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How a flowerpot is helping Sean Conway challenge the speed record for cycling across Europe

His beard plays an important role as well.

From a seasoned adventure athlete such as Sean Conway, perhaps you’d be surprised to hear that he is in something of a state of conflict with himself about his challenges.

“I get excited in the build-up and then immediately regret it about two days into the challenge,” said Sean. “I think: ‘Ah, I’m doing it again, but I’ve told too many people now and I’ve got a website so I’ve got to carry on!'”

Sean Conway, who will attempt to break the Guinness World Record for the fastest crossing of Europe by bicycle
(Yellow Jersey/PA)

Sean’s current challenge is one he might well grow weary of due to the sheer scale of it – the bearded adventurer is attempting the fastest unsupported crossing of Europe by bicycle, a 4,500-mile trip he hopes to complete in less than 25 days.

The previous record is 29 days 18 hours and 25 minutes, and Sean’s hoping to knock over four days off that by covering around 180 miles a day – but don’t worry about him growing to dislike this attempt, it’s all part of the process.

“Usually when I finish something I kind of go, ‘right, that’s the last one, I’m never doing anything again, that was too difficult, I was miserable, I hated it all,'” said Sean.

“And then a few months go by, and you recover, emotionally, physically, mentally, and eventually after about six months, I start getting itchy feet again.”

From that you might gather that this isn’t Sean’s first rodeo – in fact he’s been attempting adventures like these since 2012, completing a 4,000-mile ultra triathlon in which he circumnavigated the entire coast of mainland Britain in 2016.

Charity swimmer Sean Conway arriving at John O'Groats
(Andrew Milligan/PA)

And while the challenges are there to be completed, they’re not necessarily a means to an end – the 36-year-old believes that being physical and outdoorsy is the key to a better life.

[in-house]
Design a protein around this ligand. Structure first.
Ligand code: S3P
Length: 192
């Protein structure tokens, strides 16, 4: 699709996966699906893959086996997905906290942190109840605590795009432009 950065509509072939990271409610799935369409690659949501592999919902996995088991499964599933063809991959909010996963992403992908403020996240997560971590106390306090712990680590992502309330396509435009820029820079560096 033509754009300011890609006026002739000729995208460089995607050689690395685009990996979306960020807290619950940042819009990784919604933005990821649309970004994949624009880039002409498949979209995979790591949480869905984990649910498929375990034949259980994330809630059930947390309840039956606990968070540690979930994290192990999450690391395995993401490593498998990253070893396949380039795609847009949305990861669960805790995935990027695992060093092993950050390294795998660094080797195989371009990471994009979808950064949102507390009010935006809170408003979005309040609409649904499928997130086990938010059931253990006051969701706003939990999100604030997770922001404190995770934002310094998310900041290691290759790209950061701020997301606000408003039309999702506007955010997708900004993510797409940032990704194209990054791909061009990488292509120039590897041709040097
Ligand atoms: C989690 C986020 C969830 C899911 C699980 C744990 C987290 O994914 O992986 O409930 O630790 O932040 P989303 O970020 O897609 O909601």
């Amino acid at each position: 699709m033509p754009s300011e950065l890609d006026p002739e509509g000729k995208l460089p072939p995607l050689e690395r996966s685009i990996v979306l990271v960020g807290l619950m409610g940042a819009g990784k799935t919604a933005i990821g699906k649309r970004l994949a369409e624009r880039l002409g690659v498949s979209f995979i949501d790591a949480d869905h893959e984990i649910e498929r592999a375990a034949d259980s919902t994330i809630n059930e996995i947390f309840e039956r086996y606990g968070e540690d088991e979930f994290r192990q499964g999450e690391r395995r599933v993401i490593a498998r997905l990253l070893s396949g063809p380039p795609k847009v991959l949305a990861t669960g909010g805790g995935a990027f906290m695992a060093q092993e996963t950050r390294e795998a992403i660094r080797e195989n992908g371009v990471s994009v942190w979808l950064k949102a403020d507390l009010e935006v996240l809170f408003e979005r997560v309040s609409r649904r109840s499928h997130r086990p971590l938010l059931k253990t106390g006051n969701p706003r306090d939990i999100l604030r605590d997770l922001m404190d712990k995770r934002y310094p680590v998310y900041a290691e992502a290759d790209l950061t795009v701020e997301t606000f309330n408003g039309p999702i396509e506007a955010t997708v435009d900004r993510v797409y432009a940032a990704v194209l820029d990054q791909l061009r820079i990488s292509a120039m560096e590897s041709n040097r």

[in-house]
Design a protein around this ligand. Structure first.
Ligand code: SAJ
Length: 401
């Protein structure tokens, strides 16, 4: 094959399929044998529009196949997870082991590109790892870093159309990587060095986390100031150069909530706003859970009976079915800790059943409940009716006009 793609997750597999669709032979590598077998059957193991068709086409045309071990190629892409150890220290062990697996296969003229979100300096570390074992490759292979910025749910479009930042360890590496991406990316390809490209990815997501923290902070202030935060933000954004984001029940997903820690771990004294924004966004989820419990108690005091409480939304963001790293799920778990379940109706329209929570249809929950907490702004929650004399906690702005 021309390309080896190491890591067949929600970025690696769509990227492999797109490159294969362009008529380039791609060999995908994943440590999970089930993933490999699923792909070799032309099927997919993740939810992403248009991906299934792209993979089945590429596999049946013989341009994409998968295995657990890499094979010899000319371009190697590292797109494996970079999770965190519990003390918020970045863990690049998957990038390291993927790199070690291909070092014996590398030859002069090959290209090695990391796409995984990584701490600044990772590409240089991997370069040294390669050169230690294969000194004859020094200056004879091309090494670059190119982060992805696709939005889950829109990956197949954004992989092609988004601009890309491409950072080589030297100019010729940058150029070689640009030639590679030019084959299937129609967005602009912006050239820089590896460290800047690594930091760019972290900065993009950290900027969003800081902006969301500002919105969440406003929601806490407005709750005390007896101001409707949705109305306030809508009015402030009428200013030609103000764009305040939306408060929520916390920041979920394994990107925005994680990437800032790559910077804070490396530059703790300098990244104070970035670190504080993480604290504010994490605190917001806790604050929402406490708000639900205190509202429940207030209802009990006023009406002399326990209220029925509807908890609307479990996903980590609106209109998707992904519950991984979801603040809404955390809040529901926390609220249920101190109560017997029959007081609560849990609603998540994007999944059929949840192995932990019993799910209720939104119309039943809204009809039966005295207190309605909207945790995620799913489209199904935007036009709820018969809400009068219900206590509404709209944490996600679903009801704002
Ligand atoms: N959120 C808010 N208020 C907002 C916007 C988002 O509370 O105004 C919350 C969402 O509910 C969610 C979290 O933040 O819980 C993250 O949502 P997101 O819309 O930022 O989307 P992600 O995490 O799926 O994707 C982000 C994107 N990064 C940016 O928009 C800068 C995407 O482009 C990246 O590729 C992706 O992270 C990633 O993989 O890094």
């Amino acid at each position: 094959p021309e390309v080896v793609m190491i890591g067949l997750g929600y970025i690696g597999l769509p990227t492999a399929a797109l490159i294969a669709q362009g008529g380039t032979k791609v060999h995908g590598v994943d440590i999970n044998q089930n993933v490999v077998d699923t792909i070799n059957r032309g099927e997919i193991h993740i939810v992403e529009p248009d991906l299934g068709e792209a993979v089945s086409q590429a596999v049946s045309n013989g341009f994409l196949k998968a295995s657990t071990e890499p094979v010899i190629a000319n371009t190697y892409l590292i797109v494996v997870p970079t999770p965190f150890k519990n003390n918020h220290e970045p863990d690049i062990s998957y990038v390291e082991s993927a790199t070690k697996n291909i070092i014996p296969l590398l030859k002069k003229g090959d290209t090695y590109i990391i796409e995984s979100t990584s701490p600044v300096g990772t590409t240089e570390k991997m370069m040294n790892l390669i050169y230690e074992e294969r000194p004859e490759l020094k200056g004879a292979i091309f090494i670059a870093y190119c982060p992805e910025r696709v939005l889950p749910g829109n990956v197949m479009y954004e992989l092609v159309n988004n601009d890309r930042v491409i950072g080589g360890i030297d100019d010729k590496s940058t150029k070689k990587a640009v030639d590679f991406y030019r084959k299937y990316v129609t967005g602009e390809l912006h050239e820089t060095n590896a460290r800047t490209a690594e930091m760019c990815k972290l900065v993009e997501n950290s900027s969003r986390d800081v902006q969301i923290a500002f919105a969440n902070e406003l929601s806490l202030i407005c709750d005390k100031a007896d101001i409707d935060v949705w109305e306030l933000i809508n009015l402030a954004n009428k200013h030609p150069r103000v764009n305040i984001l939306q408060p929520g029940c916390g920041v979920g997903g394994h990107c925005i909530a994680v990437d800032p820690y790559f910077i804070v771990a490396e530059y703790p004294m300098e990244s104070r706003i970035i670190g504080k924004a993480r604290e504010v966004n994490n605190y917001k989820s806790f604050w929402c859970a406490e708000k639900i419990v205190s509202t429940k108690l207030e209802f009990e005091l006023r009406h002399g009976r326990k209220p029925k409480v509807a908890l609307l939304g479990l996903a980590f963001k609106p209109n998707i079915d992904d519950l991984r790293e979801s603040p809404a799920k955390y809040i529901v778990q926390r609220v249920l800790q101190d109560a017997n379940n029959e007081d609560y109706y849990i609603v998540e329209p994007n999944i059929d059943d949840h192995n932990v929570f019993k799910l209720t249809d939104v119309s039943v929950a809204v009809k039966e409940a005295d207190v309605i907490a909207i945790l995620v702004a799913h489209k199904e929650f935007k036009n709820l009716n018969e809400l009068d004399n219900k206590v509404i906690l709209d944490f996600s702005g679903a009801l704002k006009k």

“To be happier in life we should all eat better, have a physical goal in our lives – whether it’s running a marathon or a 5k, or trying to swim a length of the swimming pool – and also we should be spending more time outdoors,” he said.

Sean’s journey, beginning on the west coast of Portugal and ending in Ufa, Russia, is over double the distance of the Tour de France, and he’s doing it unsupported. That means taking all his stuff with him on the bike, including one pair of socks, shorts, a shirt and a jacket.

But two things will prove particularly useful.

“In the front I have a flower pot under my handlebars where I throw everything in,” said Sean. “Food, nuts, bits and bobs, that’s probably the most unusual thing about it!

“My downfall in endurance is eating – I tend to forget to eat. But I drilled holes in the plant pot so water would drain out, and it means I can eat as I’m cycling along.”

But this time around there’s something else that’s going to make Sean’s journey a lot easier.

“Language cards!” he said. “I’ve got little cards with four questions: ‘where can I find food?’, ‘where can I find water?’, ‘is there a place I can sleep?’ and ‘where can I charge my phone?’

“My phone is my navigation and the reality is, every time I have to stop asking for directions, that’s time I’m losing doing mileage.”

Of course, not everything has to be stored in the flowerpot – Sean’s facial hair is instantly recognisable, and pretty useful too.

“Apparently there’s no aerodynamic disadvantage to having a beard in this challenge,” said Sean. “Because it’s right in front of your chest, so your chest would have taken that wind anyway.

“Also it gives me superpowers and I can store food in there, so it’s all good.”

Sean Conway, who will attempt to break the Guinness World Record for the fastest crossing of Europe by bicycle
(Yellow Jersey/PA)

And while this trip across Europe is a massive undertaking, Sean’s long-term plan already has him thinking about what else he’d like to accomplish.

“I’d like to do some really long runs, like the length of Africa. But I’m kind of scared if I do it now I won’t have it to look forward to,” said Sean.

“My biggest regret in my twenties was being in a rush to do everything. You do it all and then you get bored, and you inevitably don’t do things properly either, so I’d rather spread them out.

“At the end of the day, life for me is just about getting a big, long list of pub stories.”

You can follow Sean’s live GPS tracker by clicking here.

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